The team found that hydrogen tends to attach to the surfaces of the nanoparticles, making it easy to recover — just heating the material releases hydrogen. This overcomes a common problem of using palladium to store hydrogen, namely the difficulty in extracting stored hydrogen.

Supported content

References

  1. ACS Nano 15, 15771−15780 (2021). doi: 10.1021/acsnano.1c01997

View the article on the Nature Index

See more research highlights from University of Hamburg (UHH)

More research highlights from University of Hamburg (UHH)

Collaboration

Date range: 1 April 2021 - 31 March 2022

International vs. domestic collaboration by Share

  • 31.68% Domestic
  • 68.32% International

Hover over the graph to view the percentage of collaboration.


Top 10 domestic collaborators with University of Hamburg (UHH) by Share (198 total)

  1. University of Hamburg (UHH) and Helmholtz Association of German Research Centres (51.43)
    University of Hamburg (UHH)20.59
    Helmholtz Association of German Research Centres30.84
  2. University of Hamburg (UHH) and Max Planck Society (28.53)
    University of Hamburg (UHH)14.74
    Max Planck Society13.78
  3. University of Hamburg (UHH) and Center for Free-Electron Laser Science (CFEL) (15.17)
    University of Hamburg (UHH)5.17
    Center for Free-Electron Laser Science (CFEL)10.00
  4. University of Hamburg (UHH) and Leibniz Association (14.16)
    University of Hamburg (UHH)8.42
    Leibniz Association5.74
  5. University of Hamburg (UHH) and European Molecular Biology Laboratory (EMBL) (8.83)
    University of Hamburg (UHH)3.90
    European Molecular Biology Laboratory (EMBL)4.93
  6. University of Hamburg (UHH) and University of Kiel (CAU) (6.72)
    University of Hamburg (UHH)3.76
    University of Kiel (CAU)2.96
  7. University of Hamburg (UHH) and Humboldt University of Berlin (HU Berlin) (6.67)
    University of Hamburg (UHH)3.81
    Humboldt University of Berlin (HU Berlin)2.86
  8. University of Hamburg (UHH) and Ludwig Maximilians University of Munich (LMU) (6.48)
    University of Hamburg (UHH)2.99
    Ludwig Maximilians University of Munich (LMU)3.49
  9. University of Hamburg (UHH) and RWTH Aachen University (RWTH Aachen) (5.98)
    University of Hamburg (UHH)2.86
    RWTH Aachen University (RWTH Aachen)3.11
  10. University of Hamburg (UHH) and Heidelberg University (Uni Heidelberg) (5.95)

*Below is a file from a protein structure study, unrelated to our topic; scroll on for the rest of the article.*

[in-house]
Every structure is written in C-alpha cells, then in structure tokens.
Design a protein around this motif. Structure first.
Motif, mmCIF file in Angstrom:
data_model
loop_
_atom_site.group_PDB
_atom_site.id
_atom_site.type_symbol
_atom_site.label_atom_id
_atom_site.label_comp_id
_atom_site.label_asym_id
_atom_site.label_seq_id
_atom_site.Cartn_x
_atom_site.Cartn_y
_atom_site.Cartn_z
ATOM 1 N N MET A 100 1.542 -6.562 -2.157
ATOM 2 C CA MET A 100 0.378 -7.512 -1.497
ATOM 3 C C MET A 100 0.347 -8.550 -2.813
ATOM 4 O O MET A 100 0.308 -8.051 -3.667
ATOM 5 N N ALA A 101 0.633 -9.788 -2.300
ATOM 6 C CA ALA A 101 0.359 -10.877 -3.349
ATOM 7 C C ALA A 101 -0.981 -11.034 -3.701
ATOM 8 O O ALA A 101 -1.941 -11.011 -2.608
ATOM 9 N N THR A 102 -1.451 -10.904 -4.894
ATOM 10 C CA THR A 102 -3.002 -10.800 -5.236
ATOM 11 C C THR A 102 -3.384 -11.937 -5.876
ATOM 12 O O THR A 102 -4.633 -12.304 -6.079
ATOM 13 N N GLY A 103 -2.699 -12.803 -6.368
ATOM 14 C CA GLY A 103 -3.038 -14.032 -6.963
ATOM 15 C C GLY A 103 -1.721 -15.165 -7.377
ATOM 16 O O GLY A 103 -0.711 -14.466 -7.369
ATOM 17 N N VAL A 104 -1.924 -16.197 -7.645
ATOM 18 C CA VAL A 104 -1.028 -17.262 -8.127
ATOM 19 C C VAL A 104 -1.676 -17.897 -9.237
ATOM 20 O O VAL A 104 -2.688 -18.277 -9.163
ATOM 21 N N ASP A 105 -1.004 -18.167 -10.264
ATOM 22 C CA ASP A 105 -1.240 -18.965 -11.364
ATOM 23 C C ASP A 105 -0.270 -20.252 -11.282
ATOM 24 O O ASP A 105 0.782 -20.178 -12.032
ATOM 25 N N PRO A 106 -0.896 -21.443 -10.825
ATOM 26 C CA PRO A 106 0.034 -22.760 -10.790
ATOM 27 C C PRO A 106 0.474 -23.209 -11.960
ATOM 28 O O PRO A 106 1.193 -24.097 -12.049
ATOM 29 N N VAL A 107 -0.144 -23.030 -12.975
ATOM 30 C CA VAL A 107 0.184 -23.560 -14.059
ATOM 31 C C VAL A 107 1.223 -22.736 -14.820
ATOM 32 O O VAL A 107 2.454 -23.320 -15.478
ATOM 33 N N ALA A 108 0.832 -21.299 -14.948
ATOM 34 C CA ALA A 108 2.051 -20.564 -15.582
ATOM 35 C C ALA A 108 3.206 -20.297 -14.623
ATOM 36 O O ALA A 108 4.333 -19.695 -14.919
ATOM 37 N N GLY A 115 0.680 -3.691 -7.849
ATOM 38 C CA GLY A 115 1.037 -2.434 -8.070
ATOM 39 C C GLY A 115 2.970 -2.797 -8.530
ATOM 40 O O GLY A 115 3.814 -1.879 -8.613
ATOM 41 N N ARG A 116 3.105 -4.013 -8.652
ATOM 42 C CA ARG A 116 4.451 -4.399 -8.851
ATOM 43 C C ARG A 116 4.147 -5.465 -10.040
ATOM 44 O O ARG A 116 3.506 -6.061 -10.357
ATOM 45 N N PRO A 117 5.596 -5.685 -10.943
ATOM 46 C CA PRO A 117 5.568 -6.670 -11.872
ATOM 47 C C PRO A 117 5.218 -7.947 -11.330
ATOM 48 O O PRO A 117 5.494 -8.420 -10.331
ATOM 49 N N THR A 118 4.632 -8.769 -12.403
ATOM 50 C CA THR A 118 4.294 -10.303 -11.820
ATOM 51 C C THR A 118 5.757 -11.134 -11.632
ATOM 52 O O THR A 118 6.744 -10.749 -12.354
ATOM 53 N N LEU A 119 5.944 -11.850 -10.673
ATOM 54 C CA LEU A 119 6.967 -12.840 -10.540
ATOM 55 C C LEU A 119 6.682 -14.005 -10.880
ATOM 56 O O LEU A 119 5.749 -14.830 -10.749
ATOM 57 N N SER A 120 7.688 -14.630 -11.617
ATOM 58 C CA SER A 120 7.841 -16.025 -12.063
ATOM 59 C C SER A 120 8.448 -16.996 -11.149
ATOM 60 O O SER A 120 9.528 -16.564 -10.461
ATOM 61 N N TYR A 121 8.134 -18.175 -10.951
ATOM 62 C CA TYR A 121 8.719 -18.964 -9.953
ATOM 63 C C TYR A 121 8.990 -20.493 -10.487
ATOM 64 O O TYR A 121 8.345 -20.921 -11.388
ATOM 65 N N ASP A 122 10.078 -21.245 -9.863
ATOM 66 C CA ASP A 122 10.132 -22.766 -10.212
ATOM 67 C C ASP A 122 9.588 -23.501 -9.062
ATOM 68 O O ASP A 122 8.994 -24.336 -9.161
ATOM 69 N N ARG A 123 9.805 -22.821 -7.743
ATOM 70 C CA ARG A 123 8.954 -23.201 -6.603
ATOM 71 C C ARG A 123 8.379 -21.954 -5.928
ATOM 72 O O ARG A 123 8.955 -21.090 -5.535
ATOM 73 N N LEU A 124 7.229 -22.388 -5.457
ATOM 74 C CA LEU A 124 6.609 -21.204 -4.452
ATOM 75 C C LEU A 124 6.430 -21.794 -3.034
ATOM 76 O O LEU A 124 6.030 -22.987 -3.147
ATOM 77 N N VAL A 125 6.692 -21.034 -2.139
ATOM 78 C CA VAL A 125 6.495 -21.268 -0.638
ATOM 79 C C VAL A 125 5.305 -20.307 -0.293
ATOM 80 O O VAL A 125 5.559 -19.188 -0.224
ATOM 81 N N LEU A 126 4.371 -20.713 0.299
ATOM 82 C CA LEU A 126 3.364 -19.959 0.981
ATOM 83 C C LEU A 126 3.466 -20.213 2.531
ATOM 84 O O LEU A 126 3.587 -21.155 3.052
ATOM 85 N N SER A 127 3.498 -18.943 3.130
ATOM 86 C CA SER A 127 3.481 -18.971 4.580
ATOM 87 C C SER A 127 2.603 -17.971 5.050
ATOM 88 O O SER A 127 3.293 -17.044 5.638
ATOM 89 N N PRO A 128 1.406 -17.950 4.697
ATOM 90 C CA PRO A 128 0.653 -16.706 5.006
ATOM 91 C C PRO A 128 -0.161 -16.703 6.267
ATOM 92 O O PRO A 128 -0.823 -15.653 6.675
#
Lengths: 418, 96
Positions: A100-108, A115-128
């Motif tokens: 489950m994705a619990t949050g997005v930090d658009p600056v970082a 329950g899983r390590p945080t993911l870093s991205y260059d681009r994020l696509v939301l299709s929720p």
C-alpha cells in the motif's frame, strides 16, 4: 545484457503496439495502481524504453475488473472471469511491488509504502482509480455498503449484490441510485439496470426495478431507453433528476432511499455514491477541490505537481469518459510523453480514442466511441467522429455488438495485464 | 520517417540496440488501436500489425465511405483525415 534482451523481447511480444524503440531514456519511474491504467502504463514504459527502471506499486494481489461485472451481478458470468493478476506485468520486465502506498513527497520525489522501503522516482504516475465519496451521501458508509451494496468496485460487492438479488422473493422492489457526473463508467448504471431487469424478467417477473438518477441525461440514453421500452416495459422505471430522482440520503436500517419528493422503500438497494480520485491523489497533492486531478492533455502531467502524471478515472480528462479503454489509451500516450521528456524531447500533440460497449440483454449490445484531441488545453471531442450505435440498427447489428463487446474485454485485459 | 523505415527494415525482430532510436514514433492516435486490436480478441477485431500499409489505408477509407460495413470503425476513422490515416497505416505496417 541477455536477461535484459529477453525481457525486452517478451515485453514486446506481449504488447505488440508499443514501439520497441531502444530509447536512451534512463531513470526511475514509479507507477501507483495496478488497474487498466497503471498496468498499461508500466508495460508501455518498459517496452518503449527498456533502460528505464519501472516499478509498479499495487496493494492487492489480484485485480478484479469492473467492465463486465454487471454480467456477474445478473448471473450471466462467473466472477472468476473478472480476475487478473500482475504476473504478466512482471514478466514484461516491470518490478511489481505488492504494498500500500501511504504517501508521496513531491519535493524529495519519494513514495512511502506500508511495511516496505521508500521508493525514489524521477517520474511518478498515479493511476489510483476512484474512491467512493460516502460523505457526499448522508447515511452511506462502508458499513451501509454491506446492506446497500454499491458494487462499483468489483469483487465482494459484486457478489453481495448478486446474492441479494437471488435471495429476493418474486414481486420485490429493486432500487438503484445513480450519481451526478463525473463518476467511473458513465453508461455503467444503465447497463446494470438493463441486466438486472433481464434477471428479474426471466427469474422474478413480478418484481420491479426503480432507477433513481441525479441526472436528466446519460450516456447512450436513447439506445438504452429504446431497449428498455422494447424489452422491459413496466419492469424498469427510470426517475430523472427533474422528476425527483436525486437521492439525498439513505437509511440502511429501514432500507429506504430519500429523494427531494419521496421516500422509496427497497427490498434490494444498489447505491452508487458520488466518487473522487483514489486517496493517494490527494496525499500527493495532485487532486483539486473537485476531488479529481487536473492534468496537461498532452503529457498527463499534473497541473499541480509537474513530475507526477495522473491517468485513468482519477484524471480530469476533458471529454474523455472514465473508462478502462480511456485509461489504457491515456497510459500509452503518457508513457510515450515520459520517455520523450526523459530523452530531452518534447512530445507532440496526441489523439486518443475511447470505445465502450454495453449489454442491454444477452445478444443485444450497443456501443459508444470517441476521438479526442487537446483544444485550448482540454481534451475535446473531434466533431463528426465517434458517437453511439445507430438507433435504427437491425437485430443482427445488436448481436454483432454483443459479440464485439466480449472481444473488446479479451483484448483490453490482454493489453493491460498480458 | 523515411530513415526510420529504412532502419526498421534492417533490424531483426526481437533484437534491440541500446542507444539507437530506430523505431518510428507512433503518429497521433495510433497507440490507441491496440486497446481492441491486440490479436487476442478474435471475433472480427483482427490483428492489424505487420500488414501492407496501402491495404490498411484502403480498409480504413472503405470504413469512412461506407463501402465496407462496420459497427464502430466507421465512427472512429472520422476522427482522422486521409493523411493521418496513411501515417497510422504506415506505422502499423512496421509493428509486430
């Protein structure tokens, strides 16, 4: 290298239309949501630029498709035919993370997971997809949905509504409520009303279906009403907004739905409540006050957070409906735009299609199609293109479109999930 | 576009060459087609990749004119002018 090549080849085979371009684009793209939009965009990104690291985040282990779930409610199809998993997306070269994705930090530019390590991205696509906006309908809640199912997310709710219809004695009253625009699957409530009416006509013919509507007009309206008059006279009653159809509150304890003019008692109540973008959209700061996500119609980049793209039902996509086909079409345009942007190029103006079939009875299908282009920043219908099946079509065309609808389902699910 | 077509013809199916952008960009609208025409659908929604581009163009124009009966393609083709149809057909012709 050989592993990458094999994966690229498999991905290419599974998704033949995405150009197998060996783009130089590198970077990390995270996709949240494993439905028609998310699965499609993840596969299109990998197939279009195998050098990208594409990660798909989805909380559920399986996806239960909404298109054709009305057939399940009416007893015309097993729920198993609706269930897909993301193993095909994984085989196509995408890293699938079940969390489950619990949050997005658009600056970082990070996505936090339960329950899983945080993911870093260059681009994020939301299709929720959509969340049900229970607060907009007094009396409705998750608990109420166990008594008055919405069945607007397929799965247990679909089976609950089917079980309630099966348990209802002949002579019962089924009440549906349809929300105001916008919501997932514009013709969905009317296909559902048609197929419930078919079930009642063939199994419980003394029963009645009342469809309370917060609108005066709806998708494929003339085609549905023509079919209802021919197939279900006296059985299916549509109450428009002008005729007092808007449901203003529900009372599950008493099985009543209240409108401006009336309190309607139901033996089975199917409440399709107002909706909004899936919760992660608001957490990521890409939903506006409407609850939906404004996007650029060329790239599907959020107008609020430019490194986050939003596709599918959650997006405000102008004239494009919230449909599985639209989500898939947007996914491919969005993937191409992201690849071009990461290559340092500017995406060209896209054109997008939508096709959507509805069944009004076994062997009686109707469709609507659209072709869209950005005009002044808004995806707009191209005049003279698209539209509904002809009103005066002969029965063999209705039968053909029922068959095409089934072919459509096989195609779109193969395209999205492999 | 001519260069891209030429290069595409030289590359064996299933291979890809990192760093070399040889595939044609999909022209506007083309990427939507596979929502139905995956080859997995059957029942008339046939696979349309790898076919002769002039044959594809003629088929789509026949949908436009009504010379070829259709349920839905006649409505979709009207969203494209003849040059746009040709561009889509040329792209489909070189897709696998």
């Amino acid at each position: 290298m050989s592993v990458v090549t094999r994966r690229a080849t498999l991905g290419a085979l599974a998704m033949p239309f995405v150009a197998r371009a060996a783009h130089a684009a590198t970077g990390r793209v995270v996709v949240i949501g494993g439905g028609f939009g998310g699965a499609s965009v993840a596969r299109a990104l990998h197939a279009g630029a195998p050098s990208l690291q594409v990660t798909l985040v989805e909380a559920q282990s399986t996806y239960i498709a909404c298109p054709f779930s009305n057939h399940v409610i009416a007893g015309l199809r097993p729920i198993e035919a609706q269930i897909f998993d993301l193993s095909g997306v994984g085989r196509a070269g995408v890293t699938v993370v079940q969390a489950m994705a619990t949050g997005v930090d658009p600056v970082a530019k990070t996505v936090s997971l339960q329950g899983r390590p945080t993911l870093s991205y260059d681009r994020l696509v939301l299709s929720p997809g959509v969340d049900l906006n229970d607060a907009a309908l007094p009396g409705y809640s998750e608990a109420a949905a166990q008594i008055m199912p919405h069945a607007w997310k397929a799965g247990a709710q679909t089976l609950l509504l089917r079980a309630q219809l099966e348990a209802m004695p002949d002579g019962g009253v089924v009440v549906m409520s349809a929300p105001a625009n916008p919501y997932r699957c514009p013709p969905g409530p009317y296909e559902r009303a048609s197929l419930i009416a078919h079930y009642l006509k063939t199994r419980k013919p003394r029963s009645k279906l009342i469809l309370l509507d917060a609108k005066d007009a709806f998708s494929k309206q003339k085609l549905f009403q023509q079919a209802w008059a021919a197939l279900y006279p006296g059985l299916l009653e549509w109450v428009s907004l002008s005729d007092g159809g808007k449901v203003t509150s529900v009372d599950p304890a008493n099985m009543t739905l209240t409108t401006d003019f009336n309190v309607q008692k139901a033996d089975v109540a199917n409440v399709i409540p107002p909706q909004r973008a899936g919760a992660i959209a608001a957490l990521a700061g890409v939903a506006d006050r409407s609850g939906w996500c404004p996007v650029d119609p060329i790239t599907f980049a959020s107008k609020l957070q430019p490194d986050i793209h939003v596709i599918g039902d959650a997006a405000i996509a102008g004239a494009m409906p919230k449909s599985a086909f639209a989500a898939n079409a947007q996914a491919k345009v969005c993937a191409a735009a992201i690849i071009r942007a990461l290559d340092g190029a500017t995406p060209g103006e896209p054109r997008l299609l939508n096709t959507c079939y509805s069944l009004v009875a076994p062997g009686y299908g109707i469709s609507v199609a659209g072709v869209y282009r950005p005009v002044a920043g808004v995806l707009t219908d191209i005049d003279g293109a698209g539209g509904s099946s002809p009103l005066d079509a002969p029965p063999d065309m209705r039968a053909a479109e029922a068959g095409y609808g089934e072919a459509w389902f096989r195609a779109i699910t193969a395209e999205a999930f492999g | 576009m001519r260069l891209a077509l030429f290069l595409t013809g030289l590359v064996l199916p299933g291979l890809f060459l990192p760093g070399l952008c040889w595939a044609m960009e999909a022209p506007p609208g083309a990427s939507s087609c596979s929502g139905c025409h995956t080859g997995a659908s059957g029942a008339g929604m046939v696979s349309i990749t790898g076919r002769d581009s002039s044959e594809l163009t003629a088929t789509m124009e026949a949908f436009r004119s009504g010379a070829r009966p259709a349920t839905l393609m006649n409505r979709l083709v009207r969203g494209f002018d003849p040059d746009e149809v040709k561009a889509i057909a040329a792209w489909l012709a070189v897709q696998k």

University of Hamburg (UHH)3.08
    Heidelberg University (Uni Heidelberg)2.87

Top 10 international collaborators with University of Hamburg (UHH) by Share (1847 total)

  1. University of Hamburg (UHH) and French National Centre for Scientific Research (CNRS) (10.18)
    University of Hamburg (UHH)6.25
    French National Centre for Scientific Research (CNRS)3.93
  2. University of Hamburg (UHH) and National Institute for Nuclear Physics (INFN) (8.01)
    University of Hamburg (UHH)1.05
    National Institute for Nuclear Physics (INFN)6.96
  3. University of Hamburg (UHH) and European Organization for Nuclear Research (CERN) (6.66)
    University of Hamburg (UHH)1.60
    European Organization for Nuclear Research (CERN)5.06
  4. University of Hamburg (UHH) and Massachusetts Institute of Technology (MIT) (6.45)
    University of Hamburg (UHH)1.98
    Massachusetts Institute of Technology (MIT)4.47
  5. University of Hamburg (UHH) and Chinese Academy of Sciences (CAS) (5.06)
    University of Hamburg (UHH)2.47
    Chinese Academy of Sciences (CAS)2.59
  6. University of Hamburg (UHH) and Spanish National Research Council (CSIC) (5.77)
    University of Hamburg (UHH)3.02
    Spanish National Research Council (CSIC)2.75
  7. University of Hamburg (UHH) and Karolinska Institute (KI) (4.28)
    University of Hamburg (UHH)2.12
    Karolinska Institute (KI)2.16
  8. University of Hamburg (UHH) and Harvard University (4.20)
    University of Hamburg (UHH)0.91
    Harvard University3.29
  9. University of Hamburg (UHH) and Radboud University Nijmegen (RU) (3.79)
    University of Hamburg (UHH)1.56
    Radboud University Nijmegen (RU)2.23
  10. University of Hamburg (UHH) and University of Oxford (3.72)
    University of Hamburg (UHH)1.17
    University of Oxford2.55

Relationships